No Confidence

Topolanek becomes the the first Czech Prime Minister to be voted out of office

Opinion | Lenka Rombova | April 2009

On Mar. 24, the opposition parties in the Czech Parliament pushed through a vote of no confidence, toppling the coalition cabinet of Prime Minister Mirek Topolanek, which wasn’t strong enough to face the Social Democrats and the Communists together. Four rebels from the coalition voted with the opposition, parliamentarians Vlastimil Tlusty, and Jan Schwippel from the dominant Civil Democratic Party (ODS) and two parliamentarians and former members of the Green Party, Vera Jakoubkova, and Olga Zubova.

Topolanek’s cabinet has survived four votes of no confidence in all since the summer of 2006. With this vote, Topolanek becomes the first Czech Prime Minister ever to lose a no-confidence vote. He prefers to see it the other way around.

"I am the first Czech Prime Minister to keep a government together for three years when the balance was one to one," the Prime Minister says in reaction to the vote. The June 2006 election results posed a challenge for forming a majority government without the support of the Communists. A 200-seat Parliament needs 101 votes to pass a law. From the beginning, the coalition relied on votes from independent or opposition parliamentarians to win a majority. The successful vote of no confidence was a surprise to all parties, especially because the opposition had no plan.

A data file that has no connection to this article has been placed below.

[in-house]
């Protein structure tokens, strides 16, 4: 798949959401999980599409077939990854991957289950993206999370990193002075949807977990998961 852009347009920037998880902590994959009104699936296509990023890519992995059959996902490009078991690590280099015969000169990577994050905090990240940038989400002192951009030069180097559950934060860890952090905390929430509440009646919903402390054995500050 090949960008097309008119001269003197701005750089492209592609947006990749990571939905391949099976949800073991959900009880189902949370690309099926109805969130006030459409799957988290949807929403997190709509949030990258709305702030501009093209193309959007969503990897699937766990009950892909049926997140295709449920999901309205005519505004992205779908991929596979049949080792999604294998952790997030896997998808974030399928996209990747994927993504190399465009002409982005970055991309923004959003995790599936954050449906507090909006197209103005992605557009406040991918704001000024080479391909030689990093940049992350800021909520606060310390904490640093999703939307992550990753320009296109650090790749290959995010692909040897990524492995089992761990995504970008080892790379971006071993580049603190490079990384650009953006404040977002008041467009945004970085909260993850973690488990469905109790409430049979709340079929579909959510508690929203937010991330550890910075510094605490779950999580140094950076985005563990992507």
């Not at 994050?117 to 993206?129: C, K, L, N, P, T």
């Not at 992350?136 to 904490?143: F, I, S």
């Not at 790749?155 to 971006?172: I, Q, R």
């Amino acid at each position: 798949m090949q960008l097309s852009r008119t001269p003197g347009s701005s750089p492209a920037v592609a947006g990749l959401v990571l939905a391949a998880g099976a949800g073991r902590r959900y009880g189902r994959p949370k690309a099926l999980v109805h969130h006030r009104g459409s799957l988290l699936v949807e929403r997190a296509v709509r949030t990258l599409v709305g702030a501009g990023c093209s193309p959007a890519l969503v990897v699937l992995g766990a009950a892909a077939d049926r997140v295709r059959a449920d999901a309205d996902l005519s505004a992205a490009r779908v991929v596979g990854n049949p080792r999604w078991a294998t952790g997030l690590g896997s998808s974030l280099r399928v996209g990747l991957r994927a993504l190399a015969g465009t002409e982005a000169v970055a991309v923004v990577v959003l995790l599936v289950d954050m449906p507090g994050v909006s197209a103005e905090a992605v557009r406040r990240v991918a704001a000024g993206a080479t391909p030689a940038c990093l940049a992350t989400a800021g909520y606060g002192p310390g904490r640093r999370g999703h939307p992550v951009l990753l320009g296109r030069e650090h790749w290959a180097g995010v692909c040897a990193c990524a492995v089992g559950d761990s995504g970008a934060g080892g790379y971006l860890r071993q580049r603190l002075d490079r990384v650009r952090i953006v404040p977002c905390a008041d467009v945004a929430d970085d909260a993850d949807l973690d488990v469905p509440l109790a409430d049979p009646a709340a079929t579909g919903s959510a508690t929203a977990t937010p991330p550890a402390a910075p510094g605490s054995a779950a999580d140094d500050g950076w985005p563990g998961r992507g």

So now, what are the options?

The Czech President, Vaclav Klaus, received Topolanek’s resignation on Mar. 26. Now the decision lies with Klaus, who would prefer agreement between both Democratic Parties. However, it appears unlikely that Topolanek (ODS) and Paroubek (CSSD) would be willing to agree on either cooperation or mutual tolerance.

Another option is a government made up of experts. Klaus has suggested the appointment of "specialists" who wouldn’t have to be politicians, who would guide the country to preliminary elections. The exact solution isn’t clear yet, but Klaus has hinted that the government that has resigned cannot stay until June, which is what the Social Democrats and Civic Democrats wanted.

Klaus could also appoint a politician to form a new government and seek a confidence vote from the Parliament. The delicate part is to win the vote of confidence in such an ambivalent parliamentary. Former Czech President Vaclav Havel suggested that if Klaus chose this option, he should give Topolanek another chance – so as not to repeat Havel’s 1997 decision, when the government resigned and Havel appointed the opposition leader to form a new government.

The Czech Republic will hold the Presidency in the European Union until July 1. Although the EU worries about maintaining stability during the economic crisis, Czech Party leaders and President Vaclav Klaus claim that domestic instability shouldn’t affect EU politics. Klaus, being known for his anti-European opinions, hopes for a fast change of government with no negative impact on the Presidency.

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